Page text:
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Cross of Iron

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Product Details

  • Actors: James Coburn, Maximilian Schell, James Mason, David Warner, Klaus Löwitsch
  • Directors: Sam Peckinpah
  • Writers: James Hamilton, Julius J. Epstein, Walter Kelley, Willi Heinrich
  • Producers: Alex Winitsky, Arlene Sellers, Lothar H. Krischer
  • Format: Color, DVD-Video, Full Screen, NTSC
  • Language: English
  • Region: Region 1 (US and Canada This DVD will probably NOT be viewable in other countries. Read more about DVD formats.)
  • Aspect Ratio: 1.33:1
  • Number of discs: 1
  • MPAA Rating: R
  • Studio: eOne Films
  • Release Date: Sept. 9 2003
  • Run Time: 119 minutes
  • Average Customer Review: 3.5 out of 5 stars  See all reviews (71 customer reviews)
  • ASIN: B00003M5FX
  • Amazon Bestsellers Rank: #80,872 in DVD (See Top 100 in DVD)

Product Description

Sam Peckinpah weighs in on World War II--and from the German point of view. The result is as bleak, if not quite as bloody, as one expects, in part because the 1977 film was cut to ribbons by nervous studio executives. The assorted excerpts that remain don't constitute an exhilarating or even an especially thrilling battle epic. The war is grinding to a close, and veterans like James Coburn's Steiner are grimly aware that it's a lost cause. The battlefield is a death trap of sucking mud and barbed wire, and the German generals (viz., the martinet played by James Mason) seem to pose a bigger threat to the life and limbs of Steiner's men than the inexorable enemy. Not even Peckinpah's famous sensuous exuberance when shooting violence is much in evidence; the picture is a depressive, claustrophobically overcast experience. The bloody high (or low) point isn't a shooting; it's a wince-inducing de-penis-tration during oral sex. For a fun time with the men in (Nazi) uniform, try Das Boot instead. --David Chute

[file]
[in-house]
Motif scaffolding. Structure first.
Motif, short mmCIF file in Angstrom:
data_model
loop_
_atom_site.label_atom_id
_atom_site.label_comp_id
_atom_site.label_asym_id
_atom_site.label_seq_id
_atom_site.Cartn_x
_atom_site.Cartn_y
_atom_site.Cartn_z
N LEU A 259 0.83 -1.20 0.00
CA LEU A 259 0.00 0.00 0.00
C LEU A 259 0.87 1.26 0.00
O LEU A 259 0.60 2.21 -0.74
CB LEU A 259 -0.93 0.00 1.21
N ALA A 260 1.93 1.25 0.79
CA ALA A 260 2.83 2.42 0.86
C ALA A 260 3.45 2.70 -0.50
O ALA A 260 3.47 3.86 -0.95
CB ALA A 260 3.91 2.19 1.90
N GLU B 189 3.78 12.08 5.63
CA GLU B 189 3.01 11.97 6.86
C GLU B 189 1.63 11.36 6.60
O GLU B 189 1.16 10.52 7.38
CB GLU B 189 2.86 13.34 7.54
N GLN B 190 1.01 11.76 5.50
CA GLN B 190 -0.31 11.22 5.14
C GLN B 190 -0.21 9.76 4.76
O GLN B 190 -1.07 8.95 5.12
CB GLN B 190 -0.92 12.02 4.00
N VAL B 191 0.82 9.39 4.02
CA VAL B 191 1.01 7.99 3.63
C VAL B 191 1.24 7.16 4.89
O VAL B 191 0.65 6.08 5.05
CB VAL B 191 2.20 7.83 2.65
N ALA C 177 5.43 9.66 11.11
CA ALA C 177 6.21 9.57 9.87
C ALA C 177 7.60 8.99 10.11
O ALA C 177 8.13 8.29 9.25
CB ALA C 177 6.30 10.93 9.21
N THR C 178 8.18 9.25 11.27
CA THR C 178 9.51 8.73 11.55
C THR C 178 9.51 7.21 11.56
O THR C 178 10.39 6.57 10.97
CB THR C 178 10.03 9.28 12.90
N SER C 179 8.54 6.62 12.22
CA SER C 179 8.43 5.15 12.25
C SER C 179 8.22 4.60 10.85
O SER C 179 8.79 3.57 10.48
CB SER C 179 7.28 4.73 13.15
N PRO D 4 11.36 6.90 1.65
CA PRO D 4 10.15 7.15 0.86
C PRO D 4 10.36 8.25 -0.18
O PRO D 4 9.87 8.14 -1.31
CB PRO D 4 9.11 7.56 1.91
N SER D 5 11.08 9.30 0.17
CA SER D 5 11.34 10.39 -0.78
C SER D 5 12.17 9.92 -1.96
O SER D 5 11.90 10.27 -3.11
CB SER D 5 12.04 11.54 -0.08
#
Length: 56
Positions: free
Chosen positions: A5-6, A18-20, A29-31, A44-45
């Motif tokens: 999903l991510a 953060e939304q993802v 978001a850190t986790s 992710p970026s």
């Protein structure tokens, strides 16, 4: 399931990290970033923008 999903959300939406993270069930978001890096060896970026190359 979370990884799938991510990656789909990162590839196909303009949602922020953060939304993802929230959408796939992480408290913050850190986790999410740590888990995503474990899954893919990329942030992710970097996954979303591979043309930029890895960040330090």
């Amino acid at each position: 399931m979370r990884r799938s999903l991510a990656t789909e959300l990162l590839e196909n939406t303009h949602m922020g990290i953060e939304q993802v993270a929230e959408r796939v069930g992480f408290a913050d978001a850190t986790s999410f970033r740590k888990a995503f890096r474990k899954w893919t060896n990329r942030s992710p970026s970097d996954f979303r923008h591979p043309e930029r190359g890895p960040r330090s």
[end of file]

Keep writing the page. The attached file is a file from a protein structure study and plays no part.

Customer Reviews

3.5 out of 5 stars

Most helpful customer reviews

7 of 7 people found the following review helpful By Amazon Customer on April 29 2006
Format: DVD
After much anticipation, I received my DVD copy of Henstooth's
second DVD release of Sam Peckinpah-directed "Cross Of Iron."
This is well worth the wait.
The 'Widescreen Special Edition' is superior in video quality
and presentation.
Had Henstooth 'gone the extra-yard' and released an 'unrated'
version and remixed the sound-track in '5.1 surround-sound',
then "Cross Of Iron (Widescreen Special Edition) would be
worth its weight in gold.
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3 of 3 people found the following review helpful By Chris K. Wilson on July 4 2003
Format: DVD
Film director Sam Peckinpah's career was winding down in 1977 when he shocked international critics with his primitive, unconventional anti-war epic "Cross of Iron." To this day, critics and authors alike don't really no what to make of this ferocious film. At times inspired, at others pretentious, Peckinpah's "Cross of Iron" is kind of the black sheep of classic cinema war flicks - it is difficult to like, but equally deserving of respect.
I suppose the legend behind "Cross of Iron" has been told many times. Immediately after viewing this film, Orson Welles fired off a letter to Peckinpah calling it "the greatest anti-war film ever made." I agree with Welles' stance. One can never really relax while watching the muddy carnage of "Cross of Iron." Explosions constantly rattle the sets, dialogue is difficult to hear due to the cries of dying men in the background. Peckinpah's trademark rapid-fire editing, perhaps used a bit too much in this film (if not many of his post-"Wild Bunch" films), will leave viewers shellshocked. Battlefield distractions reign supreme. As a viewer, we are living with these filthy soldiers in the rat and lice infested bunkers.
In Peckinpah's "Cross of Iron" universe, told from the viewpoint of German soliders on the Russian front in 1943, there is no glory in war. Cynical men are trying to survive poor leadership, dying German philosophies and the constant thunder of Russain bombs and bullets.